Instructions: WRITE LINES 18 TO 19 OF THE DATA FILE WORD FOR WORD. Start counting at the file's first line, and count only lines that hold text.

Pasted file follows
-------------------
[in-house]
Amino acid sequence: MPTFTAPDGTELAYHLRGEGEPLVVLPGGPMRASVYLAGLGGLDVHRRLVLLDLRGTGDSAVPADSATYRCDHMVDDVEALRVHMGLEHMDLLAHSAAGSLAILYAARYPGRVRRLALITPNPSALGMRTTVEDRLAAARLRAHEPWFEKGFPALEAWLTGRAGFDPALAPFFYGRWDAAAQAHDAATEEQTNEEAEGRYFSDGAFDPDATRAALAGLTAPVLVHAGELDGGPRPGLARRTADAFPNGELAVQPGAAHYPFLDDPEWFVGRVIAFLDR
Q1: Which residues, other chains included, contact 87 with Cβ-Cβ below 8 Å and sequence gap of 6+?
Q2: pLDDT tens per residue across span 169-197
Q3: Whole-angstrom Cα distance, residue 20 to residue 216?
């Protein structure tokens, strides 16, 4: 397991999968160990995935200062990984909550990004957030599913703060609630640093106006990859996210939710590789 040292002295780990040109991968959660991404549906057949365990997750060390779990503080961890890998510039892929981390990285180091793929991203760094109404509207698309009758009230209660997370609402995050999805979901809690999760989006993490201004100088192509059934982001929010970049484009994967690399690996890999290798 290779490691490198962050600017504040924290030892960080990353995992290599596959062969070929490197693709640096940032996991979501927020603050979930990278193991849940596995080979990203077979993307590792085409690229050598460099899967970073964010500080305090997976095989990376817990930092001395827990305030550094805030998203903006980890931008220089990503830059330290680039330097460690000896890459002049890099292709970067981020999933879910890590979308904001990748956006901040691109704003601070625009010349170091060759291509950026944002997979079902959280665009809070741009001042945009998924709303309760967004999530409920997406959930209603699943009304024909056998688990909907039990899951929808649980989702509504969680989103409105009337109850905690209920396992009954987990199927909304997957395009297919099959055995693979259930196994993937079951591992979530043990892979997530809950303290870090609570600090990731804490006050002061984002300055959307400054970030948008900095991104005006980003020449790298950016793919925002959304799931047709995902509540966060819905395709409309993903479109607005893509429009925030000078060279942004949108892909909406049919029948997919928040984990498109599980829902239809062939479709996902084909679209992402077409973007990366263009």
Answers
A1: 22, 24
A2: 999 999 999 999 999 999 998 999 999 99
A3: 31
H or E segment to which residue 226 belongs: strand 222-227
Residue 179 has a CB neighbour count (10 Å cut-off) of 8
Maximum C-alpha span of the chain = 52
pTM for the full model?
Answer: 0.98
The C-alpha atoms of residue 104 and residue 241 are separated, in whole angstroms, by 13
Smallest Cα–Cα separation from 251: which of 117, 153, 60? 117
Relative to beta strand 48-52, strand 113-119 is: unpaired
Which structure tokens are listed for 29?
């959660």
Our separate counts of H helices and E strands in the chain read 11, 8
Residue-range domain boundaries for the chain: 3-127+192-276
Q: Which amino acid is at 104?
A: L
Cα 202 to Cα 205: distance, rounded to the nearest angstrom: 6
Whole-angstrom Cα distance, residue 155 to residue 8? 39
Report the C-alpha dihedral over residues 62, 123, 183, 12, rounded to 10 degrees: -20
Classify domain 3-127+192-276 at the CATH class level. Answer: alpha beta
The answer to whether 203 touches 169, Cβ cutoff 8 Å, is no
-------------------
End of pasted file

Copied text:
Relative to beta strand 48-52, strand 113-119 is: unpaired
Which structure tokens are listed for 29?